With almost allof the problems resolved, the researchers now want to understand the specific mechanisms which might explain, for example, why the Xanthomonas citri causes citric cancer and the X. campestris, very similar, attacks cabbages. Another doubt: how many bacteria of the same species can there be? The first comparisons indicate that there are high similarities in the genes, though the organization of them is very different.

Evolution dilemma
Another close relative, the X. albilineans, that the teams from Jaboticabal and São Paulo pretend to sequence next year, is slow to reproduce, something like Xylella, and only lives in the xylem of the sugar cane. Biologically speaking, it has more in common with thecitri. It is thought that it might be the link between the two species. The comparisons of Xylella with Xanthomonas have already begun. The amino acid sequences – the molecules which form the proteins – of both are very similar. The first is, let us say, more good looking. It almost doesn’t have transposons and loops, for example. “The impression is that Xylella is an Xanthomonas which has shrunk or that the Xanthomonas is an Xylella which is enlarged.” joked Ana Claudia.

“No matter what, both the organisms had a common ancestor,” said Sergio Russo Matioli, a specialist in evolution of the Institute of Biosciences of USP. “If we were to have evidence that the genome of their ancestor had been the size of Xanthomonas, then there would have been a shrinking of Xylella, should it have been the contrary, then there was an amplification for Xanthomonas.” However, if the original species had had a genome of intermediary size, it could both have increased in the genome of the lineage which originated Xanthomonas and diminished in the lineage which produced Xylella .

This field of evolution runs into the difficulty of finding registered fossils of bacteria. Even then, the sequencing of the complete genomes has helped enormously in the understanding of evolutionary curiosities. Some time ago, for example, when the sequencing of Escherichia coli was completed, the bacteria used as a model for genetic and biochemical studies, something extraordinary was found: half of the genome had an unknown function.

The idea that this part of the genome could be involved in activities outside of the Petri dish, on which the researchers put the organisms which they wish to study, quickly gained adherence. For this reason Matioli remembers that “If this hypothesis had been correct, then the only studies which take into consideration the natural environment could clear up the function of all the genes of the micro organisms.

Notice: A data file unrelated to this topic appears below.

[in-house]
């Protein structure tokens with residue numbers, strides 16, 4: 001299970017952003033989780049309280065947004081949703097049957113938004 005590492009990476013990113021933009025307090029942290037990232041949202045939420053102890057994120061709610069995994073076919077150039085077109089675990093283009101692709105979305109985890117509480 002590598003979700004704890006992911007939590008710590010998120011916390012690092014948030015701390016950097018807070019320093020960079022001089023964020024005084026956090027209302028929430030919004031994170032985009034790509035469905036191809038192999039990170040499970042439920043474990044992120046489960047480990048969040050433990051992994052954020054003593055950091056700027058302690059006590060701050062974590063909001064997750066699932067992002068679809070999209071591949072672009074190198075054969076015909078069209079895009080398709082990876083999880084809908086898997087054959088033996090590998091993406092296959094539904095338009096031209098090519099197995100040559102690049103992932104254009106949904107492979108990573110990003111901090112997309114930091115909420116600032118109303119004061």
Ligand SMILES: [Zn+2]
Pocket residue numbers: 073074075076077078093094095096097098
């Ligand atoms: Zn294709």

Ana Claudia confesses: “The genome of Xanthomonas is more sophisticated.” One of the arguments is that the Xanthomonas has a density of bases of guanine and cytosine considerably higher (65%). In Xylella it is of 53%. Consequently, the DNA of the former is more stable, but as well it is more difficult to beinterpreted by the enzyme polymerase – for this reason it is difficult to find, understand and take apart the loops. Even at that it is a polemic point. “Every genome has its charm.” remembered Meidanis. From his point of view, the familiarity which one has with each organism weighs heavily. Of Xylella, he remembered “we understood almost nothing”, whereas the Xanthomonas was reasonably well understood, including with some genes already described.

Getting to the facts, the Xylella reproduces slowly between 20 and 30 days. It depends on the insects, the cigarrinhas, to spread them and to survive in the insect itself or in the sap juice of the conducting ducts of plants like the orange tree or the grape vine. It is tempting, though risky, to say that the Xanthomonas lives under better conditions: it reproduces more quickly, every two days and it is a free living bacteria: it spreads through the air, through the water and through the soil.

Over the next few years, it is probable that the information which spring from the genome will assist, principally, to find the weak points of Xanthomonas citri. As a matter of fact, we are already beginning to see how the bacteria causes citric cancer. Important in this process are the genes avr (of virulence, responsible for the pathogenesicity). There are four copies of them in the two cytoplasts – circular DNAs, a lot smaller than the chromosome. The vegetable cell only actions the defense mechanism if it recognizes the proteins generated by the avr. However, what appears to happen is that the Xanthomonas manages to trick the alert mechanisms, infiltrating itself and carries out the conquest of the host cell.